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Shivansps

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I was only commenting on the scheduler - not on the other points of your post.

Regarding your question, it is not clear to me what TDP you are aiming for, when talking about a notebook SoC...lets assume 15W for a moment (that would be a for slim notebook, but too much for a slim tablet) - then a Quad X2 + Quad A510 would be much too low power to even remotely touch 15W. For 15W they need to go at least 8x X2 + 4x A510 or more. For reference - with X2 + 3x A710 + 4x A510 they are most likely aiming at 3W TDP SoCs, like the next generation Exynos/Snapdragon. You are asking for a SoC, which has roughly 5x the thermal capacity.
A notebook SoC is 10 to 15W, but remember that it cant be the same as a phone SoC, you need to have a lot more I/O.
8xX2 SoC and 4xX2+4xA710 SoC seems to be the correct number to use to me.

Too bad that ARMv9 is too late for the RPI5 :(
 
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DrMrLordX

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Too bad that ARMv9 is too late for the RPI5 :(
Not a huge loss. Bigger cores than A72 on smaller present/future nodes could yield isopower performance gains. A73, A75, A76, A77, and A78 are all available. I don't know that Pi would gain all that much from ARMv9 regardless.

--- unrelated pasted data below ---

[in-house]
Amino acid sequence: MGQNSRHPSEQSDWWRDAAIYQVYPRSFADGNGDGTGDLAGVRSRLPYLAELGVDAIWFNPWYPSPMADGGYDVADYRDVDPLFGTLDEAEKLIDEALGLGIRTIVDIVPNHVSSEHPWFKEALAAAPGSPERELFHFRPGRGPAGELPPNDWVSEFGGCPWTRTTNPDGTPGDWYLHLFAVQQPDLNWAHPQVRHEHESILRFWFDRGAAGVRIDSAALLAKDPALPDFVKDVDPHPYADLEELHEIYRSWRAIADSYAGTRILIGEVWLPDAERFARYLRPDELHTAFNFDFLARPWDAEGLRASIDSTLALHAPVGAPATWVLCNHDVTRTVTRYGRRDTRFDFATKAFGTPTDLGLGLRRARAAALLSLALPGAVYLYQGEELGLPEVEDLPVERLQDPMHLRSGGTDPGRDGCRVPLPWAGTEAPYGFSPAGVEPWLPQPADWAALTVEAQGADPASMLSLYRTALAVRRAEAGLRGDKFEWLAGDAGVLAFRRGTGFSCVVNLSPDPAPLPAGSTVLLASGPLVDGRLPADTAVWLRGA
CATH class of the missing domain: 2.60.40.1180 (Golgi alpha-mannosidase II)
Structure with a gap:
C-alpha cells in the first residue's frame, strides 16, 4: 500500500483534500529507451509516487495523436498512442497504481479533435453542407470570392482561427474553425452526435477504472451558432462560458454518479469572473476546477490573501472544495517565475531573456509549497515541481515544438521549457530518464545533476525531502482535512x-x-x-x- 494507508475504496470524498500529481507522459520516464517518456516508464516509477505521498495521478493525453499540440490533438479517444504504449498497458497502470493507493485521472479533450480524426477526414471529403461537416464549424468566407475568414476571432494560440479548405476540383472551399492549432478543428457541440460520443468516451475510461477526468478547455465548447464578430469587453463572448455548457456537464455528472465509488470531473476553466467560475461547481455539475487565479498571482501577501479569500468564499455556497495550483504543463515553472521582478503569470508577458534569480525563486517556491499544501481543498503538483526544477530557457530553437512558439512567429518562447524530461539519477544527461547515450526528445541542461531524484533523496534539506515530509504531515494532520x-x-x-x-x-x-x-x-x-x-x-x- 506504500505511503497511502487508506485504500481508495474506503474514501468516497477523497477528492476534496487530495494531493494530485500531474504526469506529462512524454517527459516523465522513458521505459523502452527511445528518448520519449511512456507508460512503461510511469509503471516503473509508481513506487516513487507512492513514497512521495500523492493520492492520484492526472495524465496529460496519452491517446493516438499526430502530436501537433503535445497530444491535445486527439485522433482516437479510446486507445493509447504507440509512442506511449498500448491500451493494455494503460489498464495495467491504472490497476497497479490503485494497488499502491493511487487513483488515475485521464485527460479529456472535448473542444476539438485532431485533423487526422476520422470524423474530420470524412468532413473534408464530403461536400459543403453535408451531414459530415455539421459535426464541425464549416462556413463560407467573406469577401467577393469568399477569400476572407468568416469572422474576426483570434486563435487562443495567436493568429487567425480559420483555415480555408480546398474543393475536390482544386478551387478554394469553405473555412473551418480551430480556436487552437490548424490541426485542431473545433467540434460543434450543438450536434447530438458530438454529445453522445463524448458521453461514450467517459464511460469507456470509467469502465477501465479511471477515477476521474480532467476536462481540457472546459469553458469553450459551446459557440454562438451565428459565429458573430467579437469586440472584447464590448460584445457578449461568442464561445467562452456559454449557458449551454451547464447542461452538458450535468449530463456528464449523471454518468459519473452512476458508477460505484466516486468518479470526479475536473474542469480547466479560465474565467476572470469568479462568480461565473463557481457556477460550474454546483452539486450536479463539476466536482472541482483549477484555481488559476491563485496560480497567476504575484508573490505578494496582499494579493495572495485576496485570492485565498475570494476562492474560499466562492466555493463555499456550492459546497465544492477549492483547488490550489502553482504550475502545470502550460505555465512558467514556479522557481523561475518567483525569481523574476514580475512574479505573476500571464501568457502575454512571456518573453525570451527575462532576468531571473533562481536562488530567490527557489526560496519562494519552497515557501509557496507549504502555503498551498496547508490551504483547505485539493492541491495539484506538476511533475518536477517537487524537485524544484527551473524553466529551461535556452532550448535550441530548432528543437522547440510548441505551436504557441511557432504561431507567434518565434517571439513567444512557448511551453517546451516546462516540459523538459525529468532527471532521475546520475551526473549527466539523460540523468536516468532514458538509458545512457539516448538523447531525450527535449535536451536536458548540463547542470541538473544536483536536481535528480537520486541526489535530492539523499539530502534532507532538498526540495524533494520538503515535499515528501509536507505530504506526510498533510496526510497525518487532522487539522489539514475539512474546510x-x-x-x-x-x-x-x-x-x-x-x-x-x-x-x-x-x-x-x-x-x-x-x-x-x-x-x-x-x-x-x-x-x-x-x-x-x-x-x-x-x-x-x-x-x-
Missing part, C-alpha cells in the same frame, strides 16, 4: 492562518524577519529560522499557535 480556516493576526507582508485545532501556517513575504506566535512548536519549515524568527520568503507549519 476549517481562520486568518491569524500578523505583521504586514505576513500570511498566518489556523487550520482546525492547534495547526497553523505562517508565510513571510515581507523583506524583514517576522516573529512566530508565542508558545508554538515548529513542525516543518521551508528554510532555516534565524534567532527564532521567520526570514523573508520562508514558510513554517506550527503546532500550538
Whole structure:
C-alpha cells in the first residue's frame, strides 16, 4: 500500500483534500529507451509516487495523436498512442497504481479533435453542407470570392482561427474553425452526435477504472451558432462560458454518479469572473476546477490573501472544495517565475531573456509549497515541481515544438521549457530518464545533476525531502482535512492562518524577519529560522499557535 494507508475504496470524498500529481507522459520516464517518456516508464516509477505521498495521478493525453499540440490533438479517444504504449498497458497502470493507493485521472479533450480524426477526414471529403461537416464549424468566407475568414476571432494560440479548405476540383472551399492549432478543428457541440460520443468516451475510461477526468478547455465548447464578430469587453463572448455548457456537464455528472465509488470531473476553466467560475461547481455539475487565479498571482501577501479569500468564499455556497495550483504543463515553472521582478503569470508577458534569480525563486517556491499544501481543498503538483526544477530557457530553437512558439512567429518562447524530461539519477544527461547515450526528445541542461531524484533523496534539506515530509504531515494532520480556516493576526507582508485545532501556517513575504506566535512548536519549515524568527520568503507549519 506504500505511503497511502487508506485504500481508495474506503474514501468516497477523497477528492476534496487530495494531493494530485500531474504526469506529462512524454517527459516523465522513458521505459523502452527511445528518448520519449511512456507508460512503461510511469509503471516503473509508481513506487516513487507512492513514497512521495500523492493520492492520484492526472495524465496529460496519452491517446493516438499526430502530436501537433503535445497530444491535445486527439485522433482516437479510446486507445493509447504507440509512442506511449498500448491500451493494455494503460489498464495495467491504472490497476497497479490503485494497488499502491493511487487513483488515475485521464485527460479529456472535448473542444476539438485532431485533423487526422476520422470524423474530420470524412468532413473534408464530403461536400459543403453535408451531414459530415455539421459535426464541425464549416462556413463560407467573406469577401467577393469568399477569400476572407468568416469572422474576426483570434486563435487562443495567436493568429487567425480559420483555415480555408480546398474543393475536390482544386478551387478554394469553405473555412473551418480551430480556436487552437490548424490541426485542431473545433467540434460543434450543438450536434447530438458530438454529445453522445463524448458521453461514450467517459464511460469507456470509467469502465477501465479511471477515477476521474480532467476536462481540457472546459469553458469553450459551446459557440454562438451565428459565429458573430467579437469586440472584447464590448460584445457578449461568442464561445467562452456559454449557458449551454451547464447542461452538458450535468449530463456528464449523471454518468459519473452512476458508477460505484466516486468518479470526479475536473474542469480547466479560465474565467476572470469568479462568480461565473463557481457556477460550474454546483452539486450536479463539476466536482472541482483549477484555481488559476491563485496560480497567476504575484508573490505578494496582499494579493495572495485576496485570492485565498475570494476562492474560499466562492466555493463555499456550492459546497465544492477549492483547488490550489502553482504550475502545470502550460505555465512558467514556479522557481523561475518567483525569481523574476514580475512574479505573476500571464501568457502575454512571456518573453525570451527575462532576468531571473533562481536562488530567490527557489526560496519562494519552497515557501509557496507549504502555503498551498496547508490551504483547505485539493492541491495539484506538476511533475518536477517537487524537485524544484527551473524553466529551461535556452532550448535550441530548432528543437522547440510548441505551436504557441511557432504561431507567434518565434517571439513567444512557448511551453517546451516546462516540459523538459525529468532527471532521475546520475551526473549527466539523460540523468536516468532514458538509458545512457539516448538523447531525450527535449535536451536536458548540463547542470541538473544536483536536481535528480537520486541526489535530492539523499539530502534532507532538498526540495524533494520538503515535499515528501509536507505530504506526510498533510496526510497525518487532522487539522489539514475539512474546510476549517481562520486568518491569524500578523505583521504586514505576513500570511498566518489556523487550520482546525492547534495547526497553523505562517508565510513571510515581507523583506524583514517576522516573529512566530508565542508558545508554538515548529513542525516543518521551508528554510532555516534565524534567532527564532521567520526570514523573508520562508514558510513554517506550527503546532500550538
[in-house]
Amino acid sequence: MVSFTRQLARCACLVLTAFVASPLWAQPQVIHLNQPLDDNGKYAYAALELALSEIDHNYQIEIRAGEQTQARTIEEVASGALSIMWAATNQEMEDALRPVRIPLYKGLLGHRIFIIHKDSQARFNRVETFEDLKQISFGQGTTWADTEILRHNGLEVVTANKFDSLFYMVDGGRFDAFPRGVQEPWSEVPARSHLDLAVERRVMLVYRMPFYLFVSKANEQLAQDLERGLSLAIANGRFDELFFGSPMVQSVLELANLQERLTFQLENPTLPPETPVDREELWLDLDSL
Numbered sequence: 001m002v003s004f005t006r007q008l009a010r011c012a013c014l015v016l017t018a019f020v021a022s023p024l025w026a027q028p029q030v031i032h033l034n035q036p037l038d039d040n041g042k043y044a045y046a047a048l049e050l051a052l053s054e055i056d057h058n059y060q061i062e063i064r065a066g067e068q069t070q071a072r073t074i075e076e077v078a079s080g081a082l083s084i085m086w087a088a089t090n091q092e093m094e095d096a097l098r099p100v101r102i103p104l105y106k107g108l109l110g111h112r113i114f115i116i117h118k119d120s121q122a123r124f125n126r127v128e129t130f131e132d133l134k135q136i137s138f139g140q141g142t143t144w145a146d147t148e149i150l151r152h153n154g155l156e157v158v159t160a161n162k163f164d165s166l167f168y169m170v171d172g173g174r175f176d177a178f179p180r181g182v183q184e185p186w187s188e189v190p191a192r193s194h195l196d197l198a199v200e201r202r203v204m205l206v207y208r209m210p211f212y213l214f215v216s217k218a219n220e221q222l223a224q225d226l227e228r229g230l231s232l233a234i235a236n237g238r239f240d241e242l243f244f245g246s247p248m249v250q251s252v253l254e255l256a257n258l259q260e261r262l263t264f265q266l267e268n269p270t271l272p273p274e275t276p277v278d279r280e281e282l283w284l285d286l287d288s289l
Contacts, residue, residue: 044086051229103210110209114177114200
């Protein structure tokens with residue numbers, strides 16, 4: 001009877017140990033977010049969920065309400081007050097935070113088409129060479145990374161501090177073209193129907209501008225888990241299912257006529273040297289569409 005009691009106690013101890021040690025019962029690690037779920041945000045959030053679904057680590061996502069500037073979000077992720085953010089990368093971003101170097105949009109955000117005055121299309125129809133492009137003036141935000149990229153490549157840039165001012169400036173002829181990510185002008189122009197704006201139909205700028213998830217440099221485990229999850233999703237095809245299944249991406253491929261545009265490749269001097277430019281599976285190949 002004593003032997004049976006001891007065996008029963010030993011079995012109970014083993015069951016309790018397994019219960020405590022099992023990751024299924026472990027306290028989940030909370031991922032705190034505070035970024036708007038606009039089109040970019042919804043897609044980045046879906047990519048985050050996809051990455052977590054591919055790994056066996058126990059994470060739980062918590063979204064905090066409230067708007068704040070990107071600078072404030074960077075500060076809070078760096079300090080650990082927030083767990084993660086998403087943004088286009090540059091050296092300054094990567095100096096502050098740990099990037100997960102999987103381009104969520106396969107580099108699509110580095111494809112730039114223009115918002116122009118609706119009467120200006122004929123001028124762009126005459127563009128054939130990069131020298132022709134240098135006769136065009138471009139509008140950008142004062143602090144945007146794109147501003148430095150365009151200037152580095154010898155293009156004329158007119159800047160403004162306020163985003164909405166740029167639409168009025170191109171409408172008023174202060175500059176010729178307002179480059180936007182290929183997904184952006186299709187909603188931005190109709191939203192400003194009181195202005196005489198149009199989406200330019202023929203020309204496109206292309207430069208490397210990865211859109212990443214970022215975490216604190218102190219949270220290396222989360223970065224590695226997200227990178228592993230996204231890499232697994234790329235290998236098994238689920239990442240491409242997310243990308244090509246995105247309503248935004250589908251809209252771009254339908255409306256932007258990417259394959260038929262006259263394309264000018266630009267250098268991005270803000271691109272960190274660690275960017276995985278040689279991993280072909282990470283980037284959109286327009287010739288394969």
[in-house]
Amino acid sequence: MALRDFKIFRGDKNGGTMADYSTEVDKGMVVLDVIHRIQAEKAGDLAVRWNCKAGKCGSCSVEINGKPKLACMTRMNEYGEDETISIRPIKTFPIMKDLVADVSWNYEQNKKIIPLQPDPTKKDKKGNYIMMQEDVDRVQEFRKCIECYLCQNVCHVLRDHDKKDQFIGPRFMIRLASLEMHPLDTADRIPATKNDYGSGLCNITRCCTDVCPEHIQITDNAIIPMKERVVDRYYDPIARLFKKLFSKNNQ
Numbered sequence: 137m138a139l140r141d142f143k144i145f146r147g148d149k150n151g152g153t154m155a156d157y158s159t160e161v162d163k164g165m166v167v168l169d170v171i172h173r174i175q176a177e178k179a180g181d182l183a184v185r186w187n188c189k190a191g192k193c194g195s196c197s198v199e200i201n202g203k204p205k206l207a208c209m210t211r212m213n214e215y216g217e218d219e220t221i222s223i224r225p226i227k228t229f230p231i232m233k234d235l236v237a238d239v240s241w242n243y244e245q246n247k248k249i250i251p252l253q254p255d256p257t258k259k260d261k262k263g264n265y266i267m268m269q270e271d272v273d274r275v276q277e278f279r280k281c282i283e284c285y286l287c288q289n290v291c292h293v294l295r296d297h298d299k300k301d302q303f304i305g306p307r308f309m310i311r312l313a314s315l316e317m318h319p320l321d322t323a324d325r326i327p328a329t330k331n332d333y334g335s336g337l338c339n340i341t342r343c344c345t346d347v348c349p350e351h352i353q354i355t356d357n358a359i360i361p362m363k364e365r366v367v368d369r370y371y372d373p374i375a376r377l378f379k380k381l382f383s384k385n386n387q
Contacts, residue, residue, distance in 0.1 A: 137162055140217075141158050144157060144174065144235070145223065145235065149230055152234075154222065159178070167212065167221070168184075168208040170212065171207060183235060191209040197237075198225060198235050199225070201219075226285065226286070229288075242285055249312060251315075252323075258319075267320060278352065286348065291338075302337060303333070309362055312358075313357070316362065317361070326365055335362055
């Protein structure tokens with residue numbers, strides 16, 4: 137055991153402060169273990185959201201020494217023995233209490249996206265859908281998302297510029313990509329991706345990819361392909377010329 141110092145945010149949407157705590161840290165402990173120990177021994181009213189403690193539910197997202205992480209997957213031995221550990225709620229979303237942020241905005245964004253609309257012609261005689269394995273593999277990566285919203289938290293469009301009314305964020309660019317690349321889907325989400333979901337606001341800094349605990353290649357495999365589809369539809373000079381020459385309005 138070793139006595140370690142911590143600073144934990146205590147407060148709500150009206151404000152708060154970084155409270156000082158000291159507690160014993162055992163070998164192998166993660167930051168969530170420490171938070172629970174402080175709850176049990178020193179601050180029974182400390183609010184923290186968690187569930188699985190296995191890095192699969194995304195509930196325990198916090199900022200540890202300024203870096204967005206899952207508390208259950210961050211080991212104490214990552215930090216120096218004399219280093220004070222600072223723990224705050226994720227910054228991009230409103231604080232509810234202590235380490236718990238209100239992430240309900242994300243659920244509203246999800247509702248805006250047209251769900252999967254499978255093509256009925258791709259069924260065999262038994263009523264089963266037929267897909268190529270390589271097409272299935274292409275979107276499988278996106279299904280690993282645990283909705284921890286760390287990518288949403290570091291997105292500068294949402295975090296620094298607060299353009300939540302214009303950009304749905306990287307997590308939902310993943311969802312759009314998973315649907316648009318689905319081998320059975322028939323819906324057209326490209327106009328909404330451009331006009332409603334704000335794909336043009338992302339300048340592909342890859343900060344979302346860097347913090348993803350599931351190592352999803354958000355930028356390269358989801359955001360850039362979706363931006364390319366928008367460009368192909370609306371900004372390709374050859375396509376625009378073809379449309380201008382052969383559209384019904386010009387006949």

Going back to A55 and A510, I will agree that +35% performance after all this time is . . . underwhelming? A55 was new in 2017. It should have been updated multiple times by now.
 

Geranium

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We’ll have to wait for the new generation SoCs to actually hit the market for us to test the new A510 cores, but if indeed they come with larger power consumption operating points to achieve higher performance, then Arm won't be much nearer in catching up to what Apple has been doing with their efficiency cores. As of the latest generation of SoCs, Apple’s efficiency cores were around 4x faster than any Cortex-A55 based SoC. Which, running at roughly the same system active power, also made them 3-4x more efficient in the traditional benchmarks. As presented, a theoretical A510 SoC won't be able to close that efficiency gap at all.
Bit of fanboyism in Anderi's part. 35% improvement is quite better for those low power core. Efficiency calculation based on one canned benchmark is not optimal.

And also in-order design don't have Specter/Meltdown vulnerability like every other OoO CPU.
 
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Thala